Saturday, 31 March 2012

Cliff2cliff fat ass 2012

Cliff2cliff (Shorncliffe to Redcliff)  25 March 2012.
About 80 runners turned up for this fat ass (no fee and informal) running event. The events listed are: 50km ultra,Marathon and Half-marathon 
The foreshores of Moreton bay along the northern coastal villages of Shorncliffe Sandgate Brighton in Brisbane and the bayside suburbs from Clontarf to  Scarborough in the Redcliff peninsula are picturesque and beautiful recreational areas comprising beaches jetties and piers parklands picnicking grounds swimming pools and other features all linked by tree-lined pathways with more than enough facilities including toilets drink fountains barbeques exercise structures sculptures and other art pieces etc.
Shorncliffe, Sandgate and Brighton on Moreton Bay.
Oh yes i come not to praise
the place, but to race
an event called the cliff2cliff
hoping to place, not in last place
or fall off the cliff face
and come to grief... 

anyone know poetry?

A half-marathon is a test of sorts. It is a test of endurance and speed, if one’s aiming to see how fast she can run. Marathoners and ultra runners may scoff at what I call endurance, and the speed freaks go past me as if i’m standing still, but it’s the business end of a funrunner’s diary – exam time. Nothing personal against endurance and speed but my aim is to finish and at a reasonable time (somewhere faster than walking).
Night was still wrestling with the dawn when i arrived, but it soon yielded to the glorious bright sunlit morning which greeted the runners at the Shorncliffe pier. Actually I slept in and was amongst the last to arrive. The race director Grant came ronning er running to put me down for the 50km ultra. I asked to register for the 211km super-ultra, but apparently that event was cancelled. The boardwalk on the pacific coast around Moreton and Stradbroke Islands to Kingscliff in NSW was still under construction J, so I had to settle for the 21.1km half-marathon.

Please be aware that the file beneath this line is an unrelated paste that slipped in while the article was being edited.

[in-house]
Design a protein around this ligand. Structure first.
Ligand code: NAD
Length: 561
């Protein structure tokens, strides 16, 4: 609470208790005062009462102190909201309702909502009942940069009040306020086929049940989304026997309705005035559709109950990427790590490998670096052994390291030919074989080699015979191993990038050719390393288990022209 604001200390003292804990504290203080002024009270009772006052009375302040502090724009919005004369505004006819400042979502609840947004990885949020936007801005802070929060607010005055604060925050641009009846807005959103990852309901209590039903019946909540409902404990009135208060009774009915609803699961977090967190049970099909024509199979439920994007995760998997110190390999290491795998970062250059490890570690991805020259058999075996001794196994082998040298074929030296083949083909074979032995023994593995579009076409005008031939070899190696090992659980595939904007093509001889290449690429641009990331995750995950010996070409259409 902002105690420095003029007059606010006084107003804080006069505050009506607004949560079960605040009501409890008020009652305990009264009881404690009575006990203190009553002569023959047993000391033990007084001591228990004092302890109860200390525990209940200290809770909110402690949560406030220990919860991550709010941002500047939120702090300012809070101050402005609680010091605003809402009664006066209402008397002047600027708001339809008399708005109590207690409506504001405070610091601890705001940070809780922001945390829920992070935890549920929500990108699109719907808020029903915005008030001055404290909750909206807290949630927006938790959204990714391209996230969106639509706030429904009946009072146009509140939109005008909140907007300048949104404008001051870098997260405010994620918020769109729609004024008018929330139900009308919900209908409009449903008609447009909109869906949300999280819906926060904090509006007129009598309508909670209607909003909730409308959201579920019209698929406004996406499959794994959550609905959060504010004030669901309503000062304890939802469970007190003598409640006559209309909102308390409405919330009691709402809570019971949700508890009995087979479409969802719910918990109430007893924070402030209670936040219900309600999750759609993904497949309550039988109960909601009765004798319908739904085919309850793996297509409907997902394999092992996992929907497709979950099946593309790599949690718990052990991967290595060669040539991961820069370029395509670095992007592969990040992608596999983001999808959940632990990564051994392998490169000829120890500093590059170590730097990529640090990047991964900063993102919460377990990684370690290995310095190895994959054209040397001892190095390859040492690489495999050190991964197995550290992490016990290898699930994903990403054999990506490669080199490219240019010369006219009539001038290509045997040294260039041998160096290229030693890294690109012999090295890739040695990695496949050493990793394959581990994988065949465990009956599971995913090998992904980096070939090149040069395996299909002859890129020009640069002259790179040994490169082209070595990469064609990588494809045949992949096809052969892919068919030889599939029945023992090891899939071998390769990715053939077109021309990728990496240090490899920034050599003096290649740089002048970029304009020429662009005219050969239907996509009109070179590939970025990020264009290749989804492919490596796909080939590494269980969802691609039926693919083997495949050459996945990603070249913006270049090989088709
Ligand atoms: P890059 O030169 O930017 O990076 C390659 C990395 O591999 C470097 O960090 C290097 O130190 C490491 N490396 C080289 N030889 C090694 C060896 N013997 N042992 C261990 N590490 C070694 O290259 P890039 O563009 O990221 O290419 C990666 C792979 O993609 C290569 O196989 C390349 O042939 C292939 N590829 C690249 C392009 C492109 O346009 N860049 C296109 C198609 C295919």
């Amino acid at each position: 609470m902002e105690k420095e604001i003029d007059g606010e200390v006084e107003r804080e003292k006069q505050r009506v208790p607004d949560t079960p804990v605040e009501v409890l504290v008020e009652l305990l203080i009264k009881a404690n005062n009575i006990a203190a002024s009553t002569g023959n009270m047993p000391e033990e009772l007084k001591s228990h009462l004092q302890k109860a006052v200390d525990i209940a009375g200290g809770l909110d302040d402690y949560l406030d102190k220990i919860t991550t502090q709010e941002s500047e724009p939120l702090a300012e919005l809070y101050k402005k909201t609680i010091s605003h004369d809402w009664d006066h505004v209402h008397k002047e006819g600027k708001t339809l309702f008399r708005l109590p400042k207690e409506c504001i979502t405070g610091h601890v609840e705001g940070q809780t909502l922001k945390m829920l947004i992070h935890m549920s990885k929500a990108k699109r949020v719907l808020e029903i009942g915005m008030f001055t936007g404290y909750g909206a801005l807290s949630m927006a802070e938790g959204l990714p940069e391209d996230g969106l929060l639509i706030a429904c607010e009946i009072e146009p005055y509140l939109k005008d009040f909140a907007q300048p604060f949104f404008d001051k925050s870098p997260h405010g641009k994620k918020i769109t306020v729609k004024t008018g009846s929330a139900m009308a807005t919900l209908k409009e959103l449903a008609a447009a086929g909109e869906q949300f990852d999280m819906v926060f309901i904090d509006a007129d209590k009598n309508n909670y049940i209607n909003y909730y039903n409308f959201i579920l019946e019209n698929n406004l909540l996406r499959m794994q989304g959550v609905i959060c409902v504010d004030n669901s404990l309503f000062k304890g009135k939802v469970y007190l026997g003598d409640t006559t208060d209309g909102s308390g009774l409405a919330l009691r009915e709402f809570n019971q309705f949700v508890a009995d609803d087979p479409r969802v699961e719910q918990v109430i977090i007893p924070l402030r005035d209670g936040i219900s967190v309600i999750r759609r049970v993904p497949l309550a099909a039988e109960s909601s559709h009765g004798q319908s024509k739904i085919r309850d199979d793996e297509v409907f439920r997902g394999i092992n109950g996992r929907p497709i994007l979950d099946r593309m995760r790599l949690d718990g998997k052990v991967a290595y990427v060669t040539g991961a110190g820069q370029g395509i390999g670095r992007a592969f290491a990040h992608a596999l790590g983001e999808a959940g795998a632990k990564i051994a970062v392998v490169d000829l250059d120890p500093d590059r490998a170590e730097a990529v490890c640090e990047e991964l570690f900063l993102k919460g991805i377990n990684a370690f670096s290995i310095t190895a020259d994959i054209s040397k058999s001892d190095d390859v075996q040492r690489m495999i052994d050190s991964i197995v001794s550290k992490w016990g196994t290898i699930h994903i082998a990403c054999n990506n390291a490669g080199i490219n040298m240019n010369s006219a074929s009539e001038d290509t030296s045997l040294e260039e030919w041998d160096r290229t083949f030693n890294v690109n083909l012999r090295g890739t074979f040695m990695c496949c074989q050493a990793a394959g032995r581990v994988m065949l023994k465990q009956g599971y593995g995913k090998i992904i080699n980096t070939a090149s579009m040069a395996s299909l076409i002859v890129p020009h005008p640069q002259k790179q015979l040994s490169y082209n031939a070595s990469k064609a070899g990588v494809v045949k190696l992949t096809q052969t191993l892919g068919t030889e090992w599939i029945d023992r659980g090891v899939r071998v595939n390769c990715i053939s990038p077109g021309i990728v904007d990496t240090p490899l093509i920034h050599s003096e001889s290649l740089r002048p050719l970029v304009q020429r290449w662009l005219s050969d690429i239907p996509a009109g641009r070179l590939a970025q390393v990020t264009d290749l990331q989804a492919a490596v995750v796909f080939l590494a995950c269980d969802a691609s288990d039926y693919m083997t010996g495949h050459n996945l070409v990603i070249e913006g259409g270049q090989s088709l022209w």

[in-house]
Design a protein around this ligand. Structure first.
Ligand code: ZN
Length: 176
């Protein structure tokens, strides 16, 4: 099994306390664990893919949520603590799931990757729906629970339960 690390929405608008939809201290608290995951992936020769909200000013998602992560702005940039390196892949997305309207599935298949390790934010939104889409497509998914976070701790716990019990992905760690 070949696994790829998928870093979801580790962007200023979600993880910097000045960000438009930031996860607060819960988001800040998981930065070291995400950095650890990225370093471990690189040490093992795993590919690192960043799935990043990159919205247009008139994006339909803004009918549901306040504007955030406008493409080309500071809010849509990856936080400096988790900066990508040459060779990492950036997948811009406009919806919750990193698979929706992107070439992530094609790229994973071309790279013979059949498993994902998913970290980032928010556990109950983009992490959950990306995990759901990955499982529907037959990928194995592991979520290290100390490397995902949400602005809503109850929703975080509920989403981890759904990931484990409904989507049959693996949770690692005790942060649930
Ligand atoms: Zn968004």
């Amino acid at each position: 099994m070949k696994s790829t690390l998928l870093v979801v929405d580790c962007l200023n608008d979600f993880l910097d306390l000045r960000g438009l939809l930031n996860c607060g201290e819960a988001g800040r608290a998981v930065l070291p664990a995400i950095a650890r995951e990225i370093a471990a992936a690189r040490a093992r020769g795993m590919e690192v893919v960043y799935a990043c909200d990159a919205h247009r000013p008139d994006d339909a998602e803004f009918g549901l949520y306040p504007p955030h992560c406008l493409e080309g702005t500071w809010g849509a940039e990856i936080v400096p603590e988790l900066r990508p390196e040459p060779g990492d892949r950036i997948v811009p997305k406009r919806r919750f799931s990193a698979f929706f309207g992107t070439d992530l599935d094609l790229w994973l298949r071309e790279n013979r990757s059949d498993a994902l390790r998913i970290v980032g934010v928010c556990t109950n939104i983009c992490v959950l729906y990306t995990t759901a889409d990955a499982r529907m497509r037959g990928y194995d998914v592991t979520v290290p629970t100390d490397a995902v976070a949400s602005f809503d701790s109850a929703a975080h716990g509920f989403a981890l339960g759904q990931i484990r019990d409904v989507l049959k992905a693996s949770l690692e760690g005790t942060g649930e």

A sunrise or sunset meander along the beautiful foreshores from Shorncliffe to Brighton and beyond the bridge to Redcliff is worth doing. And if something is worth doing, then it is worth doing well. So I thought why walk when you can fly? And indeed I went up to the skies to capture the incomparable beauty of these parts of the northern Brisbane area.
From cliff to cliff and park to park, jetty to jetty and bridge to bridge, its all here. Yes even creek to creek, bay to bay, 'fish and chips' shops to 'chips and fish chops', all the way from coast to coast...
Too much waffling Martin. Back to running.

A good number of runners had turned up. In the few weeks and days leading up to the race, there was a bit of chatter in the coolrunning forum for this fat ass event, so many more were attracted to its features. Cooled by the seabreezes off moreton bay and shaded and protected by trees lining the coast, the sometimes winding but mostly straight pathways take runners for a tour of the foreshores.
Last year’s inaugural cliff2cliff was a leisurely run with fewer participants, but this year’s looked a serious race for many of the faster runners out front.

Sandgate by the sea.
Shorncliffe is the mustering area for this great fat ass running event. The name Shorncliffe derives from the appearance of its headland as viewed from out on Moreton Bay. It is also the starting area for the Brisbane to Gladstone Easter yacht race, and that's coming up soon, but before that are the runners.
At the gun, the runners headed south to the groyne fronting the Shorncliffe headland cliffs, a 300-350m route alteration due to ongoing repairs to the pier. We ducked in and out of trees and bollards and sidestepped around tables and lawns on the short out and back trip to the groyne. Then the race settled to its rhythm.
From the start I ran, or tried matching paces with a self-trained runner, Ms Chelle, a young woman who starts her day with a lazy early morning run of 'only' 9km. And as if that's not enough, she also does another easy 9 km home in the evenings.